Iso-flex, inc primer and cleaner or equivalent for wheel rubbers and water tank.
Bunch of flowers for partner as a sorry for the mess with the above.
£50 towards road registration etc.


Running kit.
Overalls
Sun hat, only needed south of the country.
Soap and swafega hand cleaner.
gloves, working required to take heat.
Cylinder oil, few litres a year.
Bearing oil, few litres a year.
Coal, I use approx 300Kg a year non rally field. (Last year rally supply was good so no private coal used at rally)
kindling, old fencing and anything left from woodwork. Be cautious of pallets, some have nasty insecticide in them.
Lighter
Lighter gas
Paraffin for lighting up.
Worsted wool and copper wire for oiler wicks.
Plasters for fingers.
Trailer to tow it all.
Rags for cleaning, once dirty used for lighting up. Old towels, shirts etc from the house cut up work well.
(DO NOT keep oily rags in a bucket or bunched up in a pile. Possible to spontaneously combustion)
£150 to £200 insurance.
£300 for inspection per year for commercial inspection. Or club at a fraction of the cost.
Beer money.......

This will give you a good idea what is needed.

But most of all. ENJOY the build.

lynnr

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Re: newbie getting his budget sorted out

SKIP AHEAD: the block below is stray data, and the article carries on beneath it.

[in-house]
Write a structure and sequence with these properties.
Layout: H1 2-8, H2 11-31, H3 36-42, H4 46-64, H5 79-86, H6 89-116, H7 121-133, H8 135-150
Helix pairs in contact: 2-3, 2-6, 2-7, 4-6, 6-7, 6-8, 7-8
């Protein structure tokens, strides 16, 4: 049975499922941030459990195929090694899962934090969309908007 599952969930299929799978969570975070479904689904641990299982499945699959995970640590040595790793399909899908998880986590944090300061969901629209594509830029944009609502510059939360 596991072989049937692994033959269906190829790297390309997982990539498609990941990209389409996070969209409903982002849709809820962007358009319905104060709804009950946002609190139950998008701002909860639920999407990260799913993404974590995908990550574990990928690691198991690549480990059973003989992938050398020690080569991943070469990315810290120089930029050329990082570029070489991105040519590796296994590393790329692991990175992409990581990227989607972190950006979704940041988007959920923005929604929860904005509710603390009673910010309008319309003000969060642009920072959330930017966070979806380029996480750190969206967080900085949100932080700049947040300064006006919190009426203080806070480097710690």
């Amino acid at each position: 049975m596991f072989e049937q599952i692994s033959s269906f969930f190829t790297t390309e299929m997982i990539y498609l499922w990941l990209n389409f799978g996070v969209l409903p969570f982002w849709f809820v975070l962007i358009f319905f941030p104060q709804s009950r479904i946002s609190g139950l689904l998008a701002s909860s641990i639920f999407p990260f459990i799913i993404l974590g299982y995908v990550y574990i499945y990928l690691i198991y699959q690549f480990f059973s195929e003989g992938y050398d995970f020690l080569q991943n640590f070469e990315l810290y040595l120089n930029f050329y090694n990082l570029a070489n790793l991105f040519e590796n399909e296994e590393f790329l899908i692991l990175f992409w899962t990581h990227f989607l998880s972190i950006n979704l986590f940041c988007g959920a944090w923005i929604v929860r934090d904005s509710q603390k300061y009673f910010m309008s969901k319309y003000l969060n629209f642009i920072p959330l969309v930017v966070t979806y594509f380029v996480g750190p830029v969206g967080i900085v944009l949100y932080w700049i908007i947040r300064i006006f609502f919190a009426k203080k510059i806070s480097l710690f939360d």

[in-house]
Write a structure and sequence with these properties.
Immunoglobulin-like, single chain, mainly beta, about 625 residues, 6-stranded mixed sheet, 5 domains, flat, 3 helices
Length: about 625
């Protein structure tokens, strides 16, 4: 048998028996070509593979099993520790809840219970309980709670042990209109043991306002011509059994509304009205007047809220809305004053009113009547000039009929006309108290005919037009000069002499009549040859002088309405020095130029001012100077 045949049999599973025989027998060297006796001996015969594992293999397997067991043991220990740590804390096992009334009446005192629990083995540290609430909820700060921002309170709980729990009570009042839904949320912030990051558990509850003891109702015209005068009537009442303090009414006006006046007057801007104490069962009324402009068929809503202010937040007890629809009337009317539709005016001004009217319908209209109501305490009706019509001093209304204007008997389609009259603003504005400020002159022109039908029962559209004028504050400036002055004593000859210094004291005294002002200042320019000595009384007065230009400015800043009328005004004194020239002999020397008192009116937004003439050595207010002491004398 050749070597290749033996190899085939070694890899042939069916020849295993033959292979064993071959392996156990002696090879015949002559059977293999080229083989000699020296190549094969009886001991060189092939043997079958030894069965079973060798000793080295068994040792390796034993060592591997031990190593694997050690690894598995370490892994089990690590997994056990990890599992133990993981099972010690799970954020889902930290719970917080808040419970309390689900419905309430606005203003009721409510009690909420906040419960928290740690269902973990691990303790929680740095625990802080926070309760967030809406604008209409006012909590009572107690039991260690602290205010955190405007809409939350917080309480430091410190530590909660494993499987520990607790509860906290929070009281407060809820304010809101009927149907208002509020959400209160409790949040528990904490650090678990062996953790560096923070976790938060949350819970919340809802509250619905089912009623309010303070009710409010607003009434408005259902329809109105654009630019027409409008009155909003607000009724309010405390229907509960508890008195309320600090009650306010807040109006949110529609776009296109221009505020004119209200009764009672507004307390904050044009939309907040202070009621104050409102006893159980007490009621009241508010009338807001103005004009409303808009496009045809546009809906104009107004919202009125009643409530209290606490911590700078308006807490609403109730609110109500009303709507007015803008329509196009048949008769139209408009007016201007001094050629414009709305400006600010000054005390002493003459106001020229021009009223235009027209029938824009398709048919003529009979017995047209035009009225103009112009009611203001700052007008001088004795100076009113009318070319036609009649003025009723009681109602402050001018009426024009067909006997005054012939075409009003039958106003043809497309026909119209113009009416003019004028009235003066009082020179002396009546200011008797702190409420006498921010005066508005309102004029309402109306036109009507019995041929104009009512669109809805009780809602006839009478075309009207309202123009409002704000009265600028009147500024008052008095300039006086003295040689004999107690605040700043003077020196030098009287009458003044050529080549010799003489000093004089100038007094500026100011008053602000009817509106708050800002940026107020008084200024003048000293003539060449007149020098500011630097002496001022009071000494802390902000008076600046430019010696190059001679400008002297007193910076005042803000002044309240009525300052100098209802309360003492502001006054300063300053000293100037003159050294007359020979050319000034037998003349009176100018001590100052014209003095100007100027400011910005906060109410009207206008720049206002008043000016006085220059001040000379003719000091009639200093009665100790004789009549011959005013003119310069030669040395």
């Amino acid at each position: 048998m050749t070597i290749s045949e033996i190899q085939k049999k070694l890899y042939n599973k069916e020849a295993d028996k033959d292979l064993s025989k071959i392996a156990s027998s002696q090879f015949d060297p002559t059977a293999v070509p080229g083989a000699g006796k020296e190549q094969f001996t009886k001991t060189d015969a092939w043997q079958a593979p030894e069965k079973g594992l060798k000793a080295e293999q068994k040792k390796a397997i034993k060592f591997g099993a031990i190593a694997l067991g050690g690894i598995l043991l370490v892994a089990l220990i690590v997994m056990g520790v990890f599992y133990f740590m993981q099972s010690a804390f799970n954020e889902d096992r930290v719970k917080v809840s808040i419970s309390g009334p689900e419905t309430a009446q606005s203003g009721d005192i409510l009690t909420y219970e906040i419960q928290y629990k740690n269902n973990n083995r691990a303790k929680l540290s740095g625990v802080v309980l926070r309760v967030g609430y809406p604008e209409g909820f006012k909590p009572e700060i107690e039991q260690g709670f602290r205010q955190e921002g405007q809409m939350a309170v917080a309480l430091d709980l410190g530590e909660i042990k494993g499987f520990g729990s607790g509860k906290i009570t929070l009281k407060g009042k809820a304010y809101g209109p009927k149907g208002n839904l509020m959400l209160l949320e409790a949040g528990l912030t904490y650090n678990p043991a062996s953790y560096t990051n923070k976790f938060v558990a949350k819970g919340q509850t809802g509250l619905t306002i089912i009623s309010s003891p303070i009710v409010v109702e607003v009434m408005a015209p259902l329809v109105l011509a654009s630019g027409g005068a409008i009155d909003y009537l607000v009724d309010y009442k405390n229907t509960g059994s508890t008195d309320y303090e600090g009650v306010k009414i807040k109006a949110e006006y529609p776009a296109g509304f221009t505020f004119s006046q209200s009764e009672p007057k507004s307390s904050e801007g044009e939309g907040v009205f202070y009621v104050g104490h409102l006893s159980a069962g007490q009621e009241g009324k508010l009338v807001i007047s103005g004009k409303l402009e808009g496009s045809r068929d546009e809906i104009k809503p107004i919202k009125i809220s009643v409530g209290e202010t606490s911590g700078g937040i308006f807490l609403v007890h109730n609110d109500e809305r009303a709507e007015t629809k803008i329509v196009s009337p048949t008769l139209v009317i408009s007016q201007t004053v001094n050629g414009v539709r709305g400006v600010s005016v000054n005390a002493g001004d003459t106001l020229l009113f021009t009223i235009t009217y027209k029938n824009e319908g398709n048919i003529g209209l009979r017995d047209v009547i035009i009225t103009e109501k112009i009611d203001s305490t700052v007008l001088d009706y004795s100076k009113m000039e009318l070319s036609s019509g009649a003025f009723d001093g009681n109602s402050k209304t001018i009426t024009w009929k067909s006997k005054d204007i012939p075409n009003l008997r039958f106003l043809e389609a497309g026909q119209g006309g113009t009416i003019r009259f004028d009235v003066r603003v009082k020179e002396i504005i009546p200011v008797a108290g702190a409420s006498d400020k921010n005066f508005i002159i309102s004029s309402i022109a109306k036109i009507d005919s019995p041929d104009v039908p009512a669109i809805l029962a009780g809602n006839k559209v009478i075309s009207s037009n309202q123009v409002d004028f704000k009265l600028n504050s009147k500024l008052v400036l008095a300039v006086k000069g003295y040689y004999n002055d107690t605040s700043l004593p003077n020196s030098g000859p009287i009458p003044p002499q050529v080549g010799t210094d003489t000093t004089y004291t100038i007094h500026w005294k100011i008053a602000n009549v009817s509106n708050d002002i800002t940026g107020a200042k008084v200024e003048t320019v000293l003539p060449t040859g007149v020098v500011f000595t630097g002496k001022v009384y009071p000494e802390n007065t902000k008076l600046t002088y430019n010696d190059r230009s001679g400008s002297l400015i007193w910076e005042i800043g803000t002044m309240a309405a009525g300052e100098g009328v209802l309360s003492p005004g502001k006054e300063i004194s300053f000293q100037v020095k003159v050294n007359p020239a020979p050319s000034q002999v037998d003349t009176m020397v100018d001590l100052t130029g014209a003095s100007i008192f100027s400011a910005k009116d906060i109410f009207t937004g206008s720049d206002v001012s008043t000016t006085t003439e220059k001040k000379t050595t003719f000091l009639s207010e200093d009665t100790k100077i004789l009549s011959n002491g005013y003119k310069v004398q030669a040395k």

Post  LiveSteam on Mon 16 Jun 2014, 1:02 pm

Nice set of lists Lynn  Cool 

Another thing that might be worth adding to the "Running Kit" is Boiler Treatment, although I've heard some don't use it Shocked 


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Thanks two more question (for now)

Post  Steamtractionlover on Mon 16 Jun 2014, 2:02 pm

Thank-you to both of you for your reply's

Can any one explain how a traction engine works?

Could someone give me an insight into starting driving and shutting the engine just want a taste of what I got to look forward to. Also if possible could someone provide a picture of the foot plate so that I can see the control and if you can explain what they do.

Sorry If I am asking for to much I just love learning about things especially if it involves steam.

Thanks again



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Re: newbie getting his budget sorted out

Post  lynnr on Mon 16 Jun 2014, 11:03 pm



Top left. Steering wheel.
Below steering wheel, flywheel brake if fitted.
Right of flywheel brake, cylinder drain cock lever. Used to empty water out of cylinder before you start moving the pistons.
Next to the right, big lump of brass. Mechanical water pump. Runs all the time but lever on front lets the water back into the tank. Close valve forces water into boiler. Crank must be running for this to work.